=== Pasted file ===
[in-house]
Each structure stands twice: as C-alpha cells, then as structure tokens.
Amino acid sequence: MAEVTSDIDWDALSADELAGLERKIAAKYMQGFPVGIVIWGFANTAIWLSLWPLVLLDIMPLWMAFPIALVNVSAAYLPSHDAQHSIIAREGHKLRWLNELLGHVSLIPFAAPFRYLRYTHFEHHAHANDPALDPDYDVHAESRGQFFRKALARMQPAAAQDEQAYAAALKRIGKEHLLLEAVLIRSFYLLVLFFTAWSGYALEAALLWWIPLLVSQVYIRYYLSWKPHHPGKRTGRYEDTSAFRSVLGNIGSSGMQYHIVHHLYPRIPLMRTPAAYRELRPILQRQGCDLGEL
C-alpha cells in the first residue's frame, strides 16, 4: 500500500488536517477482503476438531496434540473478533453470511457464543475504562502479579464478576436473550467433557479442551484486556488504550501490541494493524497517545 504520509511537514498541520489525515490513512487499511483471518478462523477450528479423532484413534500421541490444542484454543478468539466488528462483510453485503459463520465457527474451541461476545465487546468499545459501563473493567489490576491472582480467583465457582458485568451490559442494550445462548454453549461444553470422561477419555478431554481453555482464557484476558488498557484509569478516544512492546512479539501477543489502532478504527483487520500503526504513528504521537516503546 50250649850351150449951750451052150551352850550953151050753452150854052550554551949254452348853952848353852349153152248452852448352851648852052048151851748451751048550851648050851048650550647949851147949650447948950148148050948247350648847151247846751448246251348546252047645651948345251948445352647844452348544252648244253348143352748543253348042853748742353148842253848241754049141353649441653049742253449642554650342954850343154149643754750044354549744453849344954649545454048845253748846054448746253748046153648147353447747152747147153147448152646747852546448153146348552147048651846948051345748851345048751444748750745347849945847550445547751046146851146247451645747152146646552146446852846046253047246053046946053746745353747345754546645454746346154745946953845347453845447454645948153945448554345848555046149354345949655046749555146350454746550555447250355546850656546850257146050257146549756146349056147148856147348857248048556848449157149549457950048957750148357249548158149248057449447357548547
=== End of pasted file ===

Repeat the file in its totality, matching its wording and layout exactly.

[in-house]
Each structure stands twice: as C-alpha cells, then as structure tokens.
Amino acid sequence: MAEVTSDIDWDALSADELAGLERKIAAKYMQGFPVGIVIWGFANTAIWLSLWPLVLLDIMPLWMAFPIALVNVSAAYLPSHDAQHSIIAREGHKLRWLNELLGHVSLIPFAAPFRYLRYTHFEHHAHANDPALDPDYDVHAESRGQFFRKALARMQPAAAQDEQAYAAALKRIGKEHLLLEAVLIRSFYLLVLFFTAWSGYALEAALLWWIPLLVSQVYIRYYLSWKPHHPGKRTGRYEDTSAFRSVLGNIGSSGMQYHIVHHLYPRIPLMRTPAAYRELRPILQRQGCDLGEL
C-alpha cells in the first residue's frame, strides 16, 4: 500500500488536517477482503476438531496434540473478533453470511457464543475504562502479579464478576436473550467433557479442551484486556488504550501490541494493524497517545 504520509511537514498541520489525515490513512487499511483471518478462523477450528479423532484413534500421541490444542484454543478468539466488528462483510453485503459463520465457527474451541461476545465487546468499545459501563473493567489490576491472582480467583465457582458485568451490559442494550445462548454453549461444553470422561477419555478431554481453555482464557484476558488498557484509569478516544512492546512479539501477543489502532478504527483487520500503526504513528504521537516503546 50250649850351150449951750451052150551352850550953151050753452150854052550554551949254452348853952848353852349153152248452852448352851648852052048151851748451751048550851648050851048650550647949851147949650447948950148148050948247350648847151247846751448246251348546252047645651948345251948445352647844452348544252648244253348143352748543253348042853748742353148842253848241754049141353649441653049742253449642554650342954850343154149643754750044354549744453849344954649545454048845253748846054448746253748046153648147353447747152747147153147448152646747852546448153146348552147048651846948051345748851345048751444748750745347849945847550445547751046146851146247451645747152146646552146446852846046253047246053046946053746745353747345754546645454746346154745946953845347453845447454645948153945448554345848555046149354345949655046749555146350454746550555447250355546850656546850257146050257146549756146349056147148856147348857248048556848449157149549457950048957750148357249548158149248057449447357548547